When I briefly considered the many different ways I might someday become a fossil, I tried to hit many of the most common interment scenarios. There’s burial at sea, beneath a sand dune, along a floodplain, and various other places where sediment accumulates fast enough to protect a body for the long haul. But there was one specific case that I neglected to mention. Entombment in poop is also an option.

We know that inhumation in guano is a pretty good way to make a fossil because of a spectacular sloth. You can go see it yourself at Yale’s Peabody Museum of Natural History. Wave hi to the museum’s Brontosaurus as you walk past, shuffle by the pack of Deinonychus, and turn right into a place where far too few museum visitors tread – the The Fossil Mammal Hall. There, behind the glass next to the snarling Smilodon, are the remains of a Shasta ground sloth, tatters of skin and fur still clinging to the bones.

Had the sloth been any less spectacular, Yale geologist Chester Longwell might not have endeavored to claim it. This was a hard-won skeleton. Led to the spot in the New Mexico desert by Ewing Waterhouse, who had alerted Yale to the discovery in the winter of 1928, Longwell was brought to a yawning fumarole made by an extinct volcano. The body of the sloth lay on a steep slope in the darkness some one hundred feet beneath the mouth of the pit. The only way in was a rope climb down the steep walls of the cave.

Paleontologist Richard Swann Lull, who later wrote the official report on the skeleton, left out the details of Longwell’s exertions. But all that hard work yielded the finest Shasta ground sloth ever seen. This species had been found before, most notably at California’s La Brea asphalt seeps, but the sloth skeletons from the black mire were composites made of multiple animals. Yale’s new sloth, on the other hand, was undoubtedly a single individual, so tightly bound by its own preserved ligaments that Lull had trouble articulating the body into exactly the position he wanted for display in the Peabody’s mammal hall.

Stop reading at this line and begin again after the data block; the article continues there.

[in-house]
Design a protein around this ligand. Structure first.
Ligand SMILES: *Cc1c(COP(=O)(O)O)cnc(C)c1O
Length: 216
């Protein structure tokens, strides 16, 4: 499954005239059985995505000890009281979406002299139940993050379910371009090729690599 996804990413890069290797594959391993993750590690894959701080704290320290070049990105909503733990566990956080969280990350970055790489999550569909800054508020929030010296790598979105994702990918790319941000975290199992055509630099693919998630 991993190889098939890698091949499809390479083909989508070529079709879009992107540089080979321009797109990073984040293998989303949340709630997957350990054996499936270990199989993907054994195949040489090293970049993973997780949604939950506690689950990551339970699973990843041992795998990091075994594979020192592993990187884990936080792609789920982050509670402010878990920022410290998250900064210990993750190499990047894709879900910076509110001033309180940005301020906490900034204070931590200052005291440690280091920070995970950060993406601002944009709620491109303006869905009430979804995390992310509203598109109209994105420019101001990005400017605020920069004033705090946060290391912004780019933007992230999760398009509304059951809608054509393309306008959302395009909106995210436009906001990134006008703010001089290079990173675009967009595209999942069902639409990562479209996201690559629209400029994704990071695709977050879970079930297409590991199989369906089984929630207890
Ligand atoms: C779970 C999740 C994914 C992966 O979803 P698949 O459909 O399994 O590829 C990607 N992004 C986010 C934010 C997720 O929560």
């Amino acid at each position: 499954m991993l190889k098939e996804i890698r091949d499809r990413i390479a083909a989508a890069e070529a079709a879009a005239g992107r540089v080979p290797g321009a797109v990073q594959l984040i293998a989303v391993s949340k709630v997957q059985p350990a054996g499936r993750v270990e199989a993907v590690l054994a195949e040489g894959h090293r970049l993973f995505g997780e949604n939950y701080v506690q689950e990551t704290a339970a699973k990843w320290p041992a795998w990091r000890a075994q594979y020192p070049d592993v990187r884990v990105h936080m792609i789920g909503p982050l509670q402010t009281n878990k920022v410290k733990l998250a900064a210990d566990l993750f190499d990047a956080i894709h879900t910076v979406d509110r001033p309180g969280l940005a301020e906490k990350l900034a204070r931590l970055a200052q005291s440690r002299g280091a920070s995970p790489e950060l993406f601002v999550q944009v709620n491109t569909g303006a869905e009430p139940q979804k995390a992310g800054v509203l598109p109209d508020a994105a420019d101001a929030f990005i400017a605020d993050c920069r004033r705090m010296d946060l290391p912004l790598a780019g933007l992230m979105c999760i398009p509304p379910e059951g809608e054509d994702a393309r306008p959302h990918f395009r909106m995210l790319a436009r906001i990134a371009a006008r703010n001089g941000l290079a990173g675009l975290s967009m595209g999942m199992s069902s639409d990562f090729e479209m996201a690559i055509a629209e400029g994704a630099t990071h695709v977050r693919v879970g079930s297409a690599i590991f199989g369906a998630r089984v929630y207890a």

Lull’s restoration of the Aden Crater sloth, with the end of the tail restored and the hands turned. Credit: Lull 1929

Only a few pieces of the sloth’s skeleton were missing. Some of the ribs had corroded on one side, possibly because moisture accumulated on the flank the sloth rested on, and there were a few miscellaneous bones that had been lost, but otherwise everything was held tightly in place. And even though much of the skin had apparently been gnawed off by rodents, patches of skin and the claw sheaths remained intact. In fact, the environment was so amenable to preservation that one of the sloth’s dung balls was preserved with the beast. Analyzed by botanist Arthur Eams, the coprolite was packed with sagebrush twigs and roots. Apparently the sloth pulled up whole plants by the roots and chewed through the entire, bristly meal.

But it was dung of a different sort that protected the sloth’s body from degradation for the 11,000 years that it lay in the pit. Over time the sloth’s body was coated by dried bat guano, shielding it from scavengers, and the warm, arid New Mexico climate prevented the skeleton from rotting. That’s something to consider for anyone who might wish to leave their remains to the ever-growing fossil record. Burial in batplop might not be the most dignified, but you can’t argue with the results.


Lull, R. 1929. A Remarkable Ground Sloth. New Haven: Yale University Press.

[This post was originally published at National Geographic.]